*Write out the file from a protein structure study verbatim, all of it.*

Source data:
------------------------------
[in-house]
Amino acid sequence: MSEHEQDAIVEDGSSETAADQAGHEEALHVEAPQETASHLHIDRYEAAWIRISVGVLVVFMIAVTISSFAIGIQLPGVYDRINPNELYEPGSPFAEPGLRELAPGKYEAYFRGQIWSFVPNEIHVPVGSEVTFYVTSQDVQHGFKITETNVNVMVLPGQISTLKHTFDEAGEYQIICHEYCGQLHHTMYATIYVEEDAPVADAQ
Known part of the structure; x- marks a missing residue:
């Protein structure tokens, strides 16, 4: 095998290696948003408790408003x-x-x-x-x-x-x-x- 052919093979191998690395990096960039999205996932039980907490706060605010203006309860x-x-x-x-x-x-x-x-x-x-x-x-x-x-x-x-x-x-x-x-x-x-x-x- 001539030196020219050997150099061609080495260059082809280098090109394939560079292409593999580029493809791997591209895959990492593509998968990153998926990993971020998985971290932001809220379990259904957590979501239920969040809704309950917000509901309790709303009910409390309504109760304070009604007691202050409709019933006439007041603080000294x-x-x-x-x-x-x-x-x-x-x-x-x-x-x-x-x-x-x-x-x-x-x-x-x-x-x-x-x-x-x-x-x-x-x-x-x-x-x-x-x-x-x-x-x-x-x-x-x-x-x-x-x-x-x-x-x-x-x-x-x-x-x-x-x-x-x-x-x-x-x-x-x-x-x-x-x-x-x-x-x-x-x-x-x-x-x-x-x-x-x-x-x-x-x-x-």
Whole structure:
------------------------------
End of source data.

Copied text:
[in-house]
Amino acid sequence: MSEHEQDAIVEDGSSETAADQAGHEEALHVEAPQETASHLHIDRYEAAWIRISVGVLVVFMIAVTISSFAIGIQLPGVYDRINPNELYEPGSPFAEPGLRELAPGKYEAYFRGQIWSFVPNEIHVPVGSEVTFYVTSQDVQHGFKITETNVNVMVLPGQISTLKHTFDEAGEYQIICHEYCGQLHHTMYATIYVEEDAPVADAQ
Known part of the structure; x- marks a missing residue:
């Protein structure tokens, strides 16, 4: 095998290696948003408790408003x-x-x-x-x-x-x-x- 052919093979191998690395990096960039999205996932039980907490706060605010203006309860x-x-x-x-x-x-x-x-x-x-x-x-x-x-x-x-x-x-x-x-x-x-x-x- 001539030196020219050997150099061609080495260059082809280098090109394939560079292409593999580029493809791997591209895959990492593509998968990153998926990993971020998985971290932001809220379990259904957590979501239920969040809704309950917000509901309790709303009910409390309504109760304070009604007691202050409709019933006439007041603080000294x-x-x-x-x-x-x-x-x-x-x-x-x-x-x-x-x-x-x-x-x-x-x-x-x-x-x-x-x-x-x-x-x-x-x-x-x-x-x-x-x-x-x-x-x-x-x-x-x-x-x-x-x-x-x-x-x-x-x-x-x-x-x-x-x-x-x-x-x-x-x-x-x-x-x-x-x-x-x-x-x-x-x-x-x-x-x-x-x-x-x-x-x-x-x-x-």
Whole structure: